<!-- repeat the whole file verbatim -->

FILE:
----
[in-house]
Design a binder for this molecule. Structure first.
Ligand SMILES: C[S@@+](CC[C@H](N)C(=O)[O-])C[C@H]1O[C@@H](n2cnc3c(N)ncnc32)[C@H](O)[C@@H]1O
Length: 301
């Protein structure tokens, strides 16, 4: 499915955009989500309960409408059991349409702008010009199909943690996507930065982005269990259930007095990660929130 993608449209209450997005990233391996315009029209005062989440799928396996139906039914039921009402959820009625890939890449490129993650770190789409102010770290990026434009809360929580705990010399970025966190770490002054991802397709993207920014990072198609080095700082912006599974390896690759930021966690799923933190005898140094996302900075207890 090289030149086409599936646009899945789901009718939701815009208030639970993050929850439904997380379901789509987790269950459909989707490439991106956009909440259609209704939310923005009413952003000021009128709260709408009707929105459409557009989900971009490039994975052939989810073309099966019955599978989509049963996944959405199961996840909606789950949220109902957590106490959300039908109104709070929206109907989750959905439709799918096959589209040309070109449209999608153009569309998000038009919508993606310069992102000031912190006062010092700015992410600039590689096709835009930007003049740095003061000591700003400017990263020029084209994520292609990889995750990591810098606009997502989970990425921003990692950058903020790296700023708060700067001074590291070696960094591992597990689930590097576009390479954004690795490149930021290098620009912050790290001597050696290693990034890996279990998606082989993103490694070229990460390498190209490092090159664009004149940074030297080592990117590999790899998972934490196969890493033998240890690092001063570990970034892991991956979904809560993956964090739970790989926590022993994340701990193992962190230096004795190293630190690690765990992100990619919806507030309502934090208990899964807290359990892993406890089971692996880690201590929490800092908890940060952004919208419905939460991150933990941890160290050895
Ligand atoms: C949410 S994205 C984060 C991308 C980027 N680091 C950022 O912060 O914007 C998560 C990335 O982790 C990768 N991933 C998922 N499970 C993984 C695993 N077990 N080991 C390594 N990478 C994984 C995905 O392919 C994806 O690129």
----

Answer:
[in-house]
Design a binder for this molecule. Structure first.
Ligand SMILES: C[S@@+](CC[C@H](N)C(=O)[O-])C[C@H]1O[C@@H](n2cnc3c(N)ncnc32)[C@H](O)[C@@H]1O
Length: 301
């Protein structure tokens, strides 16, 4: 499915955009989500309960409408059991349409702008010009199909943690996507930065982005269990259930007095990660929130 993608449209209450997005990233391996315009029209005062989440799928396996139906039914039921009402959820009625890939890449490129993650770190789409102010770290990026434009809360929580705990010399970025966190770490002054991802397709993207920014990072198609080095700082912006599974390896690759930021966690799923933190005898140094996302900075207890 090289030149086409599936646009899945789901009718939701815009208030639970993050929850439904997380379901789509987790269950459909989707490439991106956009909440259609209704939310923005009413952003000021009128709260709408009707929105459409557009989900971009490039994975052939989810073309099966019955599978989509049963996944959405199961996840909606789950949220109902957590106490959300039908109104709070929206109907989750959905439709799918096959589209040309070109449209999608153009569309998000038009919508993606310069992102000031912190006062010092700015992410600039590689096709835009930007003049740095003061000591700003400017990263020029084209994520292609990889995750990591810098606009997502989970990425921003990692950058903020790296700023708060700067001074590291070696960094591992597990689930590097576009390479954004690795490149930021290098620009912050790290001597050696290693990034890996279990998606082989993103490694070229990460390498190209490092090159664009004149940074030297080592990117590999790899998972934490196969890493033998240890690092001063570990970034892991991956979904809560993956964090739970790989926590022993994340701990193992962190230096004795190293630190690690765990992100990619919806507030309502934090208990899964807290359990892993406890089971692996880690201590929490800092908890940060952004919208419905939460991150933990941890160290050895
Ligand atoms: C949410 S994205 C984060 C991308 C980027 N680091 C950022 O912060 O914007 C998560 C990335 O982790 C990768 N991933 C998922 N499970 C993984 C695993 N077990 N080991 C390594 N990478 C994984 C995905 O392919 C994806 O690129």